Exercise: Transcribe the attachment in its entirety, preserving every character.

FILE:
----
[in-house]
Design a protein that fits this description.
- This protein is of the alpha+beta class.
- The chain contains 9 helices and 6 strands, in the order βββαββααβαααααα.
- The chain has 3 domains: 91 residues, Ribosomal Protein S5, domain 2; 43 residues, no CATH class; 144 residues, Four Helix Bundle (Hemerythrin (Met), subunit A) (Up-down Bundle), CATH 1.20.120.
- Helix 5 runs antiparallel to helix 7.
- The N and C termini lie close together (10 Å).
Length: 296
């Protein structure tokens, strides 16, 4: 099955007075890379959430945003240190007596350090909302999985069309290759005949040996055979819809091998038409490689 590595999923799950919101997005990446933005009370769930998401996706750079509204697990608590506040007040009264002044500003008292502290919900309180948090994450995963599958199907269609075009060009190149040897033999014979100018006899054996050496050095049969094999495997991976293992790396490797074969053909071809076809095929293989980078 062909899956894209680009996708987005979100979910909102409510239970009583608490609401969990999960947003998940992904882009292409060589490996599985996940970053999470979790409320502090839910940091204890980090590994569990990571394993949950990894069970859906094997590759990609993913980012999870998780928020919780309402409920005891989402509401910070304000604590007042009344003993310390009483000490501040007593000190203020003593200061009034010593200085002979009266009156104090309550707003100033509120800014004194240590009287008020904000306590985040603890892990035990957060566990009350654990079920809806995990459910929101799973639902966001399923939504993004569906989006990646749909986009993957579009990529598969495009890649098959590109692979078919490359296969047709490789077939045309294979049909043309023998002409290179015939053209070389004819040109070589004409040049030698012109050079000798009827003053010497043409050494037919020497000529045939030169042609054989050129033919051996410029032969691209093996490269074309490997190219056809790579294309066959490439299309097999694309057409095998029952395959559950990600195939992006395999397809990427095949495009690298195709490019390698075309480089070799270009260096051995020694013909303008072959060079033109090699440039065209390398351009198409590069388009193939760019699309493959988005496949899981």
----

[in-house]
Design a protein that fits this description.
- This protein is of the alpha+beta class.
- The chain contains 9 helices and 6 strands, in the order βββαββααβαααααα.
- The chain has 3 domains: 91 residues, Ribosomal Protein S5, domain 2; 43 residues, no CATH class; 144 residues, Four Helix Bundle (Hemerythrin (Met), subunit A) (Up-down Bundle), CATH 1.20.120.
- Helix 5 runs antiparallel to helix 7.
- The N and C termini lie close together (10 Å).
Length: 296
């Protein structure tokens, strides 16, 4: 099955007075890379959430945003240190007596350090909302999985069309290759005949040996055979819809091998038409490689 590595999923799950919101997005990446933005009370769930998401996706750079509204697990608590506040007040009264002044500003008292502290919900309180948090994450995963599958199907269609075009060009190149040897033999014979100018006899054996050496050095049969094999495997991976293992790396490797074969053909071809076809095929293989980078 062909899956894209680009996708987005979100979910909102409510239970009583608490609401969990999960947003998940992904882009292409060589490996599985996940970053999470979790409320502090839910940091204890980090590994569990990571394993949950990894069970859906094997590759990609993913980012999870998780928020919780309402409920005891989402509401910070304000604590007042009344003993310390009483000490501040007593000190203020003593200061009034010593200085002979009266009156104090309550707003100033509120800014004194240590009287008020904000306590985040603890892990035990957060566990009350654990079920809806995990459910929101799973639902966001399923939504993004569906989006990646749909986009993957579009990529598969495009890649098959590109692979078919490359296969047709490789077939045309294979049909043309023998002409290179015939053209070389004819040109070589004409040049030698012109050079000798009827003053010497043409050494037919020497000529045939030169042609054989050129033919051996410029032969691209093996490269074309490997190219056809790579294309066959490439299309097999694309057409095998029952395959559950990600195939992006395999397809990427095949495009690298195709490019390698075309480089070799270009260096051995020694013909303008072959060079033109090699440039065209390398351009198409590069388009193939760019699309493959988005496949899981």